The man who might have become a father to Cosette was gone. The happy life that Valjean might have offered had been snatched away by the cruel hands of fate. There was no future for her now, except the everlasting cruelty of the Thénardiers.

Cosette continued her life among the Thénardiers as though there had been no interuption. The only mark that Valjean's visit left was the faint feeling that she had lost something, and even that faded with time.

The Thénardiers were quick to make up for Valjean's few days of kindness. The Thénardiess was crueler and more unforgiving than ever, giving Cosette so much work that she was trembling with exhaustion by the day's end.

Time passed. Through one matter or another, Thénardier lost the inn. The family took to the streets, dragging Cosette into that time of despair with them. They took up the name Jondrette and rented a small place at the Gorbeau Tenement.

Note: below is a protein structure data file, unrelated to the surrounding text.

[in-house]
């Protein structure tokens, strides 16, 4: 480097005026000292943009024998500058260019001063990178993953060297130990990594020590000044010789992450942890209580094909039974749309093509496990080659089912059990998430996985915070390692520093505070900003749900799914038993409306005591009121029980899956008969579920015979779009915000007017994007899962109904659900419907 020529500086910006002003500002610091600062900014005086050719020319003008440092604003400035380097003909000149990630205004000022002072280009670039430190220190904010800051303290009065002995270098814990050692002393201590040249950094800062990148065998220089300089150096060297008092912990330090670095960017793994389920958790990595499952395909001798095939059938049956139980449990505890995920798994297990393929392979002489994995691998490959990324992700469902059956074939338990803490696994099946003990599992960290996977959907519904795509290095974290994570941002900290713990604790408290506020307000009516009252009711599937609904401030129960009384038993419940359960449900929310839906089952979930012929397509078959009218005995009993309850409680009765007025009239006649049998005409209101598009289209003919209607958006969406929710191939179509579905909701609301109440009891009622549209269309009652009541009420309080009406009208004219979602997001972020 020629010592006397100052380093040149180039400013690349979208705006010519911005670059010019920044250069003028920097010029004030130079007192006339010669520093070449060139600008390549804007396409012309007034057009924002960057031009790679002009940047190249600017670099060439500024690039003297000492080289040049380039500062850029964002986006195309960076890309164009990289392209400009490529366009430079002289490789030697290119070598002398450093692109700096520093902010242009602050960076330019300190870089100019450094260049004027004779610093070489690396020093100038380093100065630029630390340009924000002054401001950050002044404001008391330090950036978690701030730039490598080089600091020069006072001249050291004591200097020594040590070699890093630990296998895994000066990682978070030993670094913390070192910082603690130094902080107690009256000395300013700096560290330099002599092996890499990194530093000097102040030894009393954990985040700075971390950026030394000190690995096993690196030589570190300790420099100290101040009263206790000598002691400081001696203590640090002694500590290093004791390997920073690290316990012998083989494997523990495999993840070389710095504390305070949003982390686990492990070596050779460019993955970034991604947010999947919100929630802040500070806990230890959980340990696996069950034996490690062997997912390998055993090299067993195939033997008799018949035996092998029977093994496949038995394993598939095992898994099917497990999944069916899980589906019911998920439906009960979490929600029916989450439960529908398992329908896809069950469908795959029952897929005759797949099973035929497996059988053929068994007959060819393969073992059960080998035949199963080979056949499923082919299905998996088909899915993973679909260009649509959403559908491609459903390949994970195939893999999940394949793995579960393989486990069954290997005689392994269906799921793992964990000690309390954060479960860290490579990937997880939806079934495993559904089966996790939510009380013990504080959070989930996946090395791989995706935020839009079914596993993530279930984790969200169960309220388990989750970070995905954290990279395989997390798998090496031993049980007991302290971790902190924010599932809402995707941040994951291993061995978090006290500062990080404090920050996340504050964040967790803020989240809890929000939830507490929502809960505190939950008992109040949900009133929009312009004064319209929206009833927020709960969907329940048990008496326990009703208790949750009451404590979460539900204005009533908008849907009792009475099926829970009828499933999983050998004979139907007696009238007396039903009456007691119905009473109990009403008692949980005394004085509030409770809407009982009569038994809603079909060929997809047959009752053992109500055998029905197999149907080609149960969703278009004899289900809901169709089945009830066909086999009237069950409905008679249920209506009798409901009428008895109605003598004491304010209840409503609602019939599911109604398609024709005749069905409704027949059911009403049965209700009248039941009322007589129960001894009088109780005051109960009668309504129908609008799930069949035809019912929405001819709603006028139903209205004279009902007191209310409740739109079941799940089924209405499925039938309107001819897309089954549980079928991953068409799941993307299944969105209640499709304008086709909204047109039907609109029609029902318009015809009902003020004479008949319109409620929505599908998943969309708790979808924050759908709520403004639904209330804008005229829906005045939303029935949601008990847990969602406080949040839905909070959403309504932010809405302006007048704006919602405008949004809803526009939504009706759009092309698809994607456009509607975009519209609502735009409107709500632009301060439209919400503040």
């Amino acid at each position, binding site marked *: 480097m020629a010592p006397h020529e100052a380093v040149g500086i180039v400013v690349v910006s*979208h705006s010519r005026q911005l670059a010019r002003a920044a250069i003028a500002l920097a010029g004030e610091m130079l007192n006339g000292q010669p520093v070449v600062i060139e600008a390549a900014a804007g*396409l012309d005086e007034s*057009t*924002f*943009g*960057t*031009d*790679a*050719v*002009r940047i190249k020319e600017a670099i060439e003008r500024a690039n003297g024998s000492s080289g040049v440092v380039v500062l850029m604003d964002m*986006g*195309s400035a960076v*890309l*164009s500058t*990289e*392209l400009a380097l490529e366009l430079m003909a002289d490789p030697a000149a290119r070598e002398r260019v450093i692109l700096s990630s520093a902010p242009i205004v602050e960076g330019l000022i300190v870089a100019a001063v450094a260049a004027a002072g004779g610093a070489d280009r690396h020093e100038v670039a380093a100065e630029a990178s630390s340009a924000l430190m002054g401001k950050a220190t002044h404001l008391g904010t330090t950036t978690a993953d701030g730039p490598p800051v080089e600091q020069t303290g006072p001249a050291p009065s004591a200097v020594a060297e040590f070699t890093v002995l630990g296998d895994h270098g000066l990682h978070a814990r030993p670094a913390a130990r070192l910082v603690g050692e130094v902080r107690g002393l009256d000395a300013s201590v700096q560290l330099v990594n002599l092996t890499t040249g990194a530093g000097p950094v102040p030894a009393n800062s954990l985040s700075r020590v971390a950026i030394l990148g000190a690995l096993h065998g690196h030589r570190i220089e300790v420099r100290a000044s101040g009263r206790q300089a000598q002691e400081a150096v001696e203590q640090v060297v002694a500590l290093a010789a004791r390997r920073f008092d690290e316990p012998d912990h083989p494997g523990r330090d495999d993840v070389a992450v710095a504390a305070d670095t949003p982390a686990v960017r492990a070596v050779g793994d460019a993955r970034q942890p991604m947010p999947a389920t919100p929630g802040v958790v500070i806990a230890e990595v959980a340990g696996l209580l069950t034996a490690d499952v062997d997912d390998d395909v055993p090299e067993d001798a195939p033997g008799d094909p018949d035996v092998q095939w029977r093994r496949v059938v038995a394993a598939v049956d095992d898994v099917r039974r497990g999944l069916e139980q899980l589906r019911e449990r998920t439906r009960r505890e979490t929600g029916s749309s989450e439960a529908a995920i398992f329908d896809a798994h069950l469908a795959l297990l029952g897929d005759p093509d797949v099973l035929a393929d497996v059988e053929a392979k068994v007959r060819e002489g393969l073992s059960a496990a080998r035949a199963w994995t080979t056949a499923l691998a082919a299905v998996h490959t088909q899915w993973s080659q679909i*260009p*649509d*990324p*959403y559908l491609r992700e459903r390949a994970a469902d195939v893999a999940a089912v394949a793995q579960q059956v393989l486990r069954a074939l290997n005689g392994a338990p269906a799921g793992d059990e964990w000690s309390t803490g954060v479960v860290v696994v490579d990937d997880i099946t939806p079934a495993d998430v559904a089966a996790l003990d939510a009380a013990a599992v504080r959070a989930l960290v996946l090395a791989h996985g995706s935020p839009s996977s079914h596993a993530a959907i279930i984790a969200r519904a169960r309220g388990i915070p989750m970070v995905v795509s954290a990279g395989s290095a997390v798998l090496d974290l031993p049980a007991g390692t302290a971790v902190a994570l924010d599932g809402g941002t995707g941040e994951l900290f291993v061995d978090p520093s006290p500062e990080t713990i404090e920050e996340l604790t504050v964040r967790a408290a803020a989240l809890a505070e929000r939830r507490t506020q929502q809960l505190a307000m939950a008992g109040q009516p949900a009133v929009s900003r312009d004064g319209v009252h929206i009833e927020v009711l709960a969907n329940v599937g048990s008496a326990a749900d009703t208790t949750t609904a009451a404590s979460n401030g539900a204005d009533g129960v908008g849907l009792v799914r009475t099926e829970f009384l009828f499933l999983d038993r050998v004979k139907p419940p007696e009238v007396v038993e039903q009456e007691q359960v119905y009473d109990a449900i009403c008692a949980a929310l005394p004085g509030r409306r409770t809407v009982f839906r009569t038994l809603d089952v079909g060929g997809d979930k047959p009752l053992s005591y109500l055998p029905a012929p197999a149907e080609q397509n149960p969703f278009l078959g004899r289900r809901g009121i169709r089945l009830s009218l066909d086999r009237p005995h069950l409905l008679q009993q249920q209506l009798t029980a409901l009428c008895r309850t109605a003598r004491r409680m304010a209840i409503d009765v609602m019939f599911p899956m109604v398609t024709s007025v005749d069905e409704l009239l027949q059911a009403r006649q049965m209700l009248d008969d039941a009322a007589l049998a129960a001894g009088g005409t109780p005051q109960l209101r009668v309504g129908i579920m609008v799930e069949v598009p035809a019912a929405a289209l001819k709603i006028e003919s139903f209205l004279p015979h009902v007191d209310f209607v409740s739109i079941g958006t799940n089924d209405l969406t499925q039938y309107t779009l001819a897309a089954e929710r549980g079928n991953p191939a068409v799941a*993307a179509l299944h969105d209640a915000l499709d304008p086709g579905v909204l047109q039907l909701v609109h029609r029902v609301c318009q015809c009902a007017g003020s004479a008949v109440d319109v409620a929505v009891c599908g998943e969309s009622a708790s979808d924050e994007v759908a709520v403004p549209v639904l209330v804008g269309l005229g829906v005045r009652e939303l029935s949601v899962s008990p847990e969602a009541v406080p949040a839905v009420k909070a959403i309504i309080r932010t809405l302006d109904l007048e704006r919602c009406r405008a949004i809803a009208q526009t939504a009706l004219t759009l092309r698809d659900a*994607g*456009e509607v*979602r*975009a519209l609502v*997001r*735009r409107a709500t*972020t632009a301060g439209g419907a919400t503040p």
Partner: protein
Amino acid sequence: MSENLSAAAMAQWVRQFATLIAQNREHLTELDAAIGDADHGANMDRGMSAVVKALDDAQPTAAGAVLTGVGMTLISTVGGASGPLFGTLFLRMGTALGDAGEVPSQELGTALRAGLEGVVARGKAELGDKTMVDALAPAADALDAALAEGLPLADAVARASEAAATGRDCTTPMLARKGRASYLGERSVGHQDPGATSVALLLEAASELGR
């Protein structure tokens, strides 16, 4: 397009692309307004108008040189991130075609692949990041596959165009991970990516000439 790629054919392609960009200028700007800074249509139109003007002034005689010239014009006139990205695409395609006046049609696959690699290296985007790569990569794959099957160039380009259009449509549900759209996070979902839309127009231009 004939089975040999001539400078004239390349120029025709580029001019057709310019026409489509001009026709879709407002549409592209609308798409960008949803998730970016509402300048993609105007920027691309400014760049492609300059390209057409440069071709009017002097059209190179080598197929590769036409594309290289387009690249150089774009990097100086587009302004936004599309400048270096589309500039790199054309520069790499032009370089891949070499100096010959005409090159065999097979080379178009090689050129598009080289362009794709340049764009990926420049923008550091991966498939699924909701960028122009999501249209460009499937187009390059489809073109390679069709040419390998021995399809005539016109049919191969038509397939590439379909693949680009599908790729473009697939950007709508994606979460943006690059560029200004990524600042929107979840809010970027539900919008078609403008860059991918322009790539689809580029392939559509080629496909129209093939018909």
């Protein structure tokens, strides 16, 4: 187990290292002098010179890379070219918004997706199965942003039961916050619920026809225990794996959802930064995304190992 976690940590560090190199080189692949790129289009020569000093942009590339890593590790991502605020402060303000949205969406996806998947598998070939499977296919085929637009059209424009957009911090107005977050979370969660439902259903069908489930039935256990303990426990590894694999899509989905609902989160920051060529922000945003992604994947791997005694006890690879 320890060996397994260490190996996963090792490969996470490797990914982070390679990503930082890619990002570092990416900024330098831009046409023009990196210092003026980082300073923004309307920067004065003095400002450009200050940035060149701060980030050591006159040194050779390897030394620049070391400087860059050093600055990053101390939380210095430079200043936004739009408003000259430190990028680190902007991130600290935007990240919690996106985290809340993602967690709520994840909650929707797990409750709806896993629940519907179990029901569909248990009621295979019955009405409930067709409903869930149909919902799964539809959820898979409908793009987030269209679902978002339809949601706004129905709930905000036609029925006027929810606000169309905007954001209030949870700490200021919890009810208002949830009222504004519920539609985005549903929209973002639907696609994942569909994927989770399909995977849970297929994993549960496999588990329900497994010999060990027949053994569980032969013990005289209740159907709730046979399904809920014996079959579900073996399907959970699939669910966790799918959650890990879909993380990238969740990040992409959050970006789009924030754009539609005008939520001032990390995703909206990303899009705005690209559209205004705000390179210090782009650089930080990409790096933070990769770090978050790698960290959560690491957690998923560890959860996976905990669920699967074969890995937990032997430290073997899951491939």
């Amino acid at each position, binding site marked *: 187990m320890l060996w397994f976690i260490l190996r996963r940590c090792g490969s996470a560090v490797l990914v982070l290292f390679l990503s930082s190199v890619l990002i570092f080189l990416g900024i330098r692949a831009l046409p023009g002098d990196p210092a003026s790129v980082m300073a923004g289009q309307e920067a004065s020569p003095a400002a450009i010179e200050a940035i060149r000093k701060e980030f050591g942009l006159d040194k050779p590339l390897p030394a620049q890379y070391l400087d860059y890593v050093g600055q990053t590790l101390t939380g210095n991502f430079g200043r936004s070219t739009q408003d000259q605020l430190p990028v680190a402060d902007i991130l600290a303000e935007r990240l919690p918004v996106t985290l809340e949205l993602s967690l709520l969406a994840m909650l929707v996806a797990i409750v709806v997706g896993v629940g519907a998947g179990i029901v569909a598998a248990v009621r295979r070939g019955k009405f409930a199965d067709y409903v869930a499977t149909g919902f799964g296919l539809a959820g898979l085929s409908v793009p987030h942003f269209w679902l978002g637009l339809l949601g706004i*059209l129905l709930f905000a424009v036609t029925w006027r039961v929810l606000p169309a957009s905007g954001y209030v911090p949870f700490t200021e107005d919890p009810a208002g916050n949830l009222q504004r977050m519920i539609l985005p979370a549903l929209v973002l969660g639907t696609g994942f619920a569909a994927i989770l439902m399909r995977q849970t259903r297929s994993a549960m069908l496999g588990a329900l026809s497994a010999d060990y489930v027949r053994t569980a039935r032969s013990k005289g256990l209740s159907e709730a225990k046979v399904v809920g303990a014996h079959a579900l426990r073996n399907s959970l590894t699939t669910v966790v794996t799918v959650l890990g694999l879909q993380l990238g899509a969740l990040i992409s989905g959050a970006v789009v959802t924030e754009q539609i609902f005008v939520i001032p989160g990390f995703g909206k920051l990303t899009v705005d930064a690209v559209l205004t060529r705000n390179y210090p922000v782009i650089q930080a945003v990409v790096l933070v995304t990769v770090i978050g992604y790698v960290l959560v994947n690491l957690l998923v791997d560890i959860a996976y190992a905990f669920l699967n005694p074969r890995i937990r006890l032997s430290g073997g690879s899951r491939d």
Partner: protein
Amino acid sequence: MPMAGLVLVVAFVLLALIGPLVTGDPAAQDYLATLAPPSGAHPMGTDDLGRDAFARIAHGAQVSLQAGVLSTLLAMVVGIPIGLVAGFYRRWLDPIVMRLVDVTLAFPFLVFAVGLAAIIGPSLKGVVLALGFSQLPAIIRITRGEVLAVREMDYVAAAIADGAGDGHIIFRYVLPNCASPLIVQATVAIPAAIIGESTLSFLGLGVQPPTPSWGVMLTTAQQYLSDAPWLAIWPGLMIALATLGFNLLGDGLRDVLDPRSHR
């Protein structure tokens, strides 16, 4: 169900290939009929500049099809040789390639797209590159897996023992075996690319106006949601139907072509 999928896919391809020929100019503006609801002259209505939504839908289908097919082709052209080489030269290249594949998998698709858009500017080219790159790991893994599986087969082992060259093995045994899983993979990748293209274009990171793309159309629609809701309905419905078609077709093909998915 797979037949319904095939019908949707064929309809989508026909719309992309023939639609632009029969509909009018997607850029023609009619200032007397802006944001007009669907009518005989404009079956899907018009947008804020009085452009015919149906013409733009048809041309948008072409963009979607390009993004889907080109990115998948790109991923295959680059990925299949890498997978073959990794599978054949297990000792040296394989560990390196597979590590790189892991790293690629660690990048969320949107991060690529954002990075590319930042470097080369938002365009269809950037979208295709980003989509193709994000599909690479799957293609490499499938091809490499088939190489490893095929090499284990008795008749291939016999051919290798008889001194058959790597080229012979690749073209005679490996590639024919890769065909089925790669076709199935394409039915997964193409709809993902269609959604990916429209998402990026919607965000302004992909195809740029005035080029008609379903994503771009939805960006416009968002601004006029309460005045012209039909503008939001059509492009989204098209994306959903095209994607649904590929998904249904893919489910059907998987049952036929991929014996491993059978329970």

The once middle-class family had been reduced to poverty. Their fine clothes had been exchanged for rags, their spacious inn for a tiny room, and their pride for a quiet anger. They had nothing left; no money, no pride, no joy. What they had, what the Thénardiess in particular had, was a deep anger at what they had been reduced to.

That anger was largely taken out on Cosette. The Thénardiess grew more and more cruel to the Lark as time passed. Even though there was no longer an inn to keep tidy or customers to impress, the Thénardiess kept after Cosette to keep the place spotless. She sent the girl on errands that would have, in another life, gone to Eponine and Azelma.

The Thénardier daughters did not suffer from this change of fate; rather, they proffited from it. The irritation and annoyance that the Thénardiess would have bestowed on them was instead passed over to Cosette. They recieved only love from their mother while Cosette suffered from her anger, just as it was when they were children.

It did not put more food in their stommachs, nor did it turn their rags into fine dresses. But it gave them purpose, and it gave them pride. Cosette was beneath them, someone who was less than them, even though the rest of society had risen above them. They snubbed her for it, forever mocking her for being abandoned as a girl by her uncaring mother.